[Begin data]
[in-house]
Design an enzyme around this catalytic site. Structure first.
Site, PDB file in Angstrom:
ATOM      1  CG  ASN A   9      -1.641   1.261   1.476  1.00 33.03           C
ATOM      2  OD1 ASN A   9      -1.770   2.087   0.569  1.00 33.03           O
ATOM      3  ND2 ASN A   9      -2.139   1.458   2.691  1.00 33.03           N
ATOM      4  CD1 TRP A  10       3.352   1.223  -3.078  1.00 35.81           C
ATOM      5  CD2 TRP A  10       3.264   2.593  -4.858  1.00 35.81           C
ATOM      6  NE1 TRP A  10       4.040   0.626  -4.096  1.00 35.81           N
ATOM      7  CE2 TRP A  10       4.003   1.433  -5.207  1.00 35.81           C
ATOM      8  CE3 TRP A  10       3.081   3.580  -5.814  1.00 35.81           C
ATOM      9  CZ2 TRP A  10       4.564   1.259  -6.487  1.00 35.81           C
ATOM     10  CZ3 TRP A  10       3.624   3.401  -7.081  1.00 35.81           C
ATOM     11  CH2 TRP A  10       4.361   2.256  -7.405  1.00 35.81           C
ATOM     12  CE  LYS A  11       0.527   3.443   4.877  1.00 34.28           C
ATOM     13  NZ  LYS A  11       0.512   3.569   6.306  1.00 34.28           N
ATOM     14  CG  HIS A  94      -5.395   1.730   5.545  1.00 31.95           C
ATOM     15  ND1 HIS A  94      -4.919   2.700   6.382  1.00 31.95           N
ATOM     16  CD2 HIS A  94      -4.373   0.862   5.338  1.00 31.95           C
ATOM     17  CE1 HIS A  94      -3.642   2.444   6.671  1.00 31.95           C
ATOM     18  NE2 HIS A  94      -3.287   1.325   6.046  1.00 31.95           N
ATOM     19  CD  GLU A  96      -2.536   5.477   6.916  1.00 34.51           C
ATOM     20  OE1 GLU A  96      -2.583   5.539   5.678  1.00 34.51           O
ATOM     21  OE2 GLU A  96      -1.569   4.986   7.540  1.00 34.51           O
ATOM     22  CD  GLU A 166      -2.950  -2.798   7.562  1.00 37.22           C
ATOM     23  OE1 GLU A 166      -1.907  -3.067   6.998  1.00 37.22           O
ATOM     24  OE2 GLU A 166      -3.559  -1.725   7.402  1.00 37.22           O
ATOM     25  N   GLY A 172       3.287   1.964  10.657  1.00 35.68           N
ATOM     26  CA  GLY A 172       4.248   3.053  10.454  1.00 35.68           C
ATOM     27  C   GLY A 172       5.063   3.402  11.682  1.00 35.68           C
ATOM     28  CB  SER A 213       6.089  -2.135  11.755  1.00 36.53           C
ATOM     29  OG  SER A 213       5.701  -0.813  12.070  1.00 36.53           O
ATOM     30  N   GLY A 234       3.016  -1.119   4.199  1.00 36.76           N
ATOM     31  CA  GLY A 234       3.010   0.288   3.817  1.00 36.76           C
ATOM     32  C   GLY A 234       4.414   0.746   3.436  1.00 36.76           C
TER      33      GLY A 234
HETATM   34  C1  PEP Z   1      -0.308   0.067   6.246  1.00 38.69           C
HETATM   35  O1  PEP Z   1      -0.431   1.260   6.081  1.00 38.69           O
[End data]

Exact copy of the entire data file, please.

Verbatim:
[in-house]
Design an enzyme around this catalytic site. Structure first.
Site, PDB file in Angstrom:
ATOM      1  CG  ASN A   9      -1.641   1.261   1.476  1.00 33.03           C
ATOM      2  OD1 ASN A   9      -1.770   2.087   0.569  1.00 33.03           O
ATOM      3  ND2 ASN A   9      -2.139   1.458   2.691  1.00 33.03           N
ATOM      4  CD1 TRP A  10       3.352   1.223  -3.078  1.00 35.81           C
ATOM      5  CD2 TRP A  10       3.264   2.593  -4.858  1.00 35.81           C
ATOM      6  NE1 TRP A  10       4.040   0.626  -4.096  1.00 35.81           N
ATOM      7  CE2 TRP A  10       4.003   1.433  -5.207  1.00 35.81           C
ATOM      8  CE3 TRP A  10       3.081   3.580  -5.814  1.00 35.81           C
ATOM      9  CZ2 TRP A  10       4.564   1.259  -6.487  1.00 35.81           C
ATOM     10  CZ3 TRP A  10       3.624   3.401  -7.081  1.00 35.81           C
ATOM     11  CH2 TRP A  10       4.361   2.256  -7.405  1.00 35.81           C
ATOM     12  CE  LYS A  11       0.527   3.443   4.877  1.00 34.28           C
ATOM     13  NZ  LYS A  11       0.512   3.569   6.306  1.00 34.28           N
ATOM     14  CG  HIS A  94      -5.395   1.730   5.545  1.00 31.95           C
ATOM     15  ND1 HIS A  94      -4.919   2.700   6.382  1.00 31.95           N
ATOM     16  CD2 HIS A  94      -4.373   0.862   5.338  1.00 31.95           C
ATOM     17  CE1 HIS A  94      -3.642   2.444   6.671  1.00 31.95           C
ATOM     18  NE2 HIS A  94      -3.287   1.325   6.046  1.00 31.95           N
ATOM     19  CD  GLU A  96      -2.536   5.477   6.916  1.00 34.51           C
ATOM     20  OE1 GLU A  96      -2.583   5.539   5.678  1.00 34.51           O
ATOM     21  OE2 GLU A  96      -1.569   4.986   7.540  1.00 34.51           O
ATOM     22  CD  GLU A 166      -2.950  -2.798   7.562  1.00 37.22           C
ATOM     23  OE1 GLU A 166      -1.907  -3.067   6.998  1.00 37.22           O
ATOM     24  OE2 GLU A 166      -3.559  -1.725   7.402  1.00 37.22           O
ATOM     25  N   GLY A 172       3.287   1.964  10.657  1.00 35.68           N
ATOM     26  CA  GLY A 172       4.248   3.053  10.454  1.00 35.68           C
ATOM     27  C   GLY A 172       5.063   3.402  11.682  1.00 35.68           C
ATOM     28  CB  SER A 213       6.089  -2.135  11.755  1.00 36.53           C
ATOM     29  OG  SER A 213       5.701  -0.813  12.070  1.00 36.53           O
ATOM     30  N   GLY A 234       3.016  -1.119   4.199  1.00 36.76           N
ATOM     31  CA  GLY A 234       3.010   0.288   3.817  1.00 36.76           C
ATOM     32  C   GLY A 234       4.414   0.746   3.436  1.00 36.76           C
TER      33      GLY A 234
HETATM   34  C1  PEP Z   1      -0.308   0.067   6.246  1.00 38.69           C
HETATM   35  O1  PEP Z   1      -0.431   1.260   6.081  1.00 38.69           O